updated 4/27/2007 7:45:40 PM ET 2007-04-27T23:45:40

Federal agents searched facilities of a dog and cat food manufacturer and one of its suppliers as part of an investigation into the widening recall of pet products, the companies disclosed Friday.

  1. Don't miss these Health stories
    1. Splash News
      More women opting for preventive mastectomy - but should they be?

      Rates of women who are opting for preventive mastectomies, such as Angeline Jolie, have increased by an estimated 50 percent in recent years, experts say. But many doctors are puzzled because the operation doesn't carry a 100 percent guarantee, it's major surgery -- and women have other options, from a once-a-day pill to careful monitoring.

    2. Larry Page's damaged vocal cords: Treatment comes with trade-offs
    3. Report questioning salt guidelines riles heart experts
    4. CDC: 2012 was deadliest year for West Nile in US
    5. What stresses moms most? Themselves, survey says

Food and Drug Administration officials searched an Emporia, Kan., pet food plant operated by Menu Foods and the Las Vegas offices of ChemNutra Inc., according to the companies.

Menu Foods made many of the more than 100 brands of pet food recalled since March 16 because of contamination by the chemical melamine. ChemNutra supplied the manufacturer with wheat gluten, one of the two ingredients tainted by melamine used in recalled pet products. Both companies said they were cooperating with the investigation.

Menu Foods also said the U.S. Attorney’s offices in Kansas and the western district of Missouri have targeted the company as part of misdemeanor investigations into whether it violated the federal Food, Drug & Cosmetic Act. The sale of adulterated food is a misdemeanor.

The FDA also is looking at all other ingredients imported by ChemNutra, and trying to reconcile what it imported with what it supplied to customers, said agency spokeswoman Julie Zawisza.

Import records obtained by The Associated Press show that since May 2006 alone ChemNutra also imported 440,000 pounds of the second suspect pet food ingredient, rice protein concentrate, from the same Chinese trading agent that handled exports of the tainted wheat gluten.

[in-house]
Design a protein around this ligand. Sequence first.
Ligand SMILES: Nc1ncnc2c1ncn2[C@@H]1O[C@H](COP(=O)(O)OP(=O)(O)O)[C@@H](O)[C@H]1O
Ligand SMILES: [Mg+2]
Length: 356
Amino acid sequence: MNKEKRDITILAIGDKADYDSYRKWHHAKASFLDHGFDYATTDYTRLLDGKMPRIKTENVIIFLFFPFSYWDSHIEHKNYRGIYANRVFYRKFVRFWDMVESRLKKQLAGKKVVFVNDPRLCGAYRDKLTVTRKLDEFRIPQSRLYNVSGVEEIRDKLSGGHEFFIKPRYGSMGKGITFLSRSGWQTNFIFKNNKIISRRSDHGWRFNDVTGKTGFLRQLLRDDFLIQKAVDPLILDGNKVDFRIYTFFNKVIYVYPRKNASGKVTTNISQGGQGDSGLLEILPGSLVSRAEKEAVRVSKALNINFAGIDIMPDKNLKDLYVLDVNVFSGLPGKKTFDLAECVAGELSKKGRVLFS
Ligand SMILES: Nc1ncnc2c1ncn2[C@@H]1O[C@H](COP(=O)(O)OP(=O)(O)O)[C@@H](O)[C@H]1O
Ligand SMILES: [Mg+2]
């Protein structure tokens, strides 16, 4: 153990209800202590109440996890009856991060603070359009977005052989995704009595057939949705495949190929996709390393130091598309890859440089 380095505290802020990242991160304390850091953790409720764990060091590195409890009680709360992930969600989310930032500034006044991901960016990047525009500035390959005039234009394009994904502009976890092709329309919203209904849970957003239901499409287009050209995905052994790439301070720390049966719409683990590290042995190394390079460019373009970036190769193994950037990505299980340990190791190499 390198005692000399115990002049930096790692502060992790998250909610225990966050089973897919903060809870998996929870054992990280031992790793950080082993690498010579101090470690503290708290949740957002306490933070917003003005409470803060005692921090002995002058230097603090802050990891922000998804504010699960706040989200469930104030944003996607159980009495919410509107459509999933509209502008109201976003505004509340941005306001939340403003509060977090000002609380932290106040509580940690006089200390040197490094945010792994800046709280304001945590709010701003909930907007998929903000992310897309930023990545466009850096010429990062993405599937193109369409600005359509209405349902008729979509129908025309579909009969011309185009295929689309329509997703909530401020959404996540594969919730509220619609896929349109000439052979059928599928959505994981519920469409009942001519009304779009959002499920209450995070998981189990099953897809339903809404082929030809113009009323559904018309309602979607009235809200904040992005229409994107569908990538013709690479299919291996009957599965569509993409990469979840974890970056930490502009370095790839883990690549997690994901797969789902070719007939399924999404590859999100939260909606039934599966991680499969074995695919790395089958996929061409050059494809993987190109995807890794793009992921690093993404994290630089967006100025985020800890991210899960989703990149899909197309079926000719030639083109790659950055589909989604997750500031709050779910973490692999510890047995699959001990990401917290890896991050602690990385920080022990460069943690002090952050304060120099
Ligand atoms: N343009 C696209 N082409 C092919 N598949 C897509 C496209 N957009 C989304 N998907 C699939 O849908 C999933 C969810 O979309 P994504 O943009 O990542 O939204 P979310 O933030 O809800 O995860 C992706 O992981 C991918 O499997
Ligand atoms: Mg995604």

It’s unknown if ChemNutra’s rice protein concentrate was contaminated. Limited testing suggests it wasn’t. However, another company’s imports of that same ingredient, albeit from a different source, have been found to be tainted.

Ten of the 11 containers of rice protein concentrate imported by ChemNutra over the last year went to undisclosed pet food companies, spokesman Steve Stern said. The 11th is under quarantine and being tested. But just one of the other 10 is known to have been tested; results from those tests, done last week, showed it was not contaminated, Stern said.

Murky origin
The origin within China of the wheat gluten and rice protein concentrate remains murky. For example, ChemNutra’s source for the two vegetable proteins, Suzhou Textile Import and Export Co., told The AP that food ingredients aren’t part of its business — but that employees often take on side deals. Stern said ChemNutra dealt with the company’s president.

The FDA has blocked wheat gluten imports from a second Chinese company, Xuzhou Anying Biologic Technology Development Co. That company has told AP it bought the ingredient from other undisclosed firms and then sold it to Suzhou Textile.

Meanwhile, rice protein concentrate imported by the second company, Wilbur-Ellis Co., has tested positive for melamine. It came from a different Chinese source, Futian Biology Technology Co. Ltd.

Last week, the FDA blocked rice protein concentrates from that source. On Friday, American Nutrition Inc. became the final of five pet food companies that Wilbur-Ellis supplied with the tainted ingredient to recall a variety of products.

The products recalled were manufactured by American Nutrition for other independent companies, and American Nutrition brands were not part of the recall, the company said in a statement.

Several of the companies recalling food said in statements on their Web sites that American Nutrition added the rice protein concentrate to their products without their knowledge or approval.

A spokeswoman for American Nutrition had no immediate comment Friday.

An unknown number of dogs and cats have been sickened or died after eating chemical-laced pet food.

Menu Foods said it faces more than 50 lawsuits. It in turn has sued ChemNutra.

© 2013 The Associated Press. All rights reserved. This material may not be published, broadcast, rewritten or redistributed.

Discuss:

Discussion comments

,

Most active discussions

  1. votes comments
  2. votes comments
  3. votes comments
  4. votes comments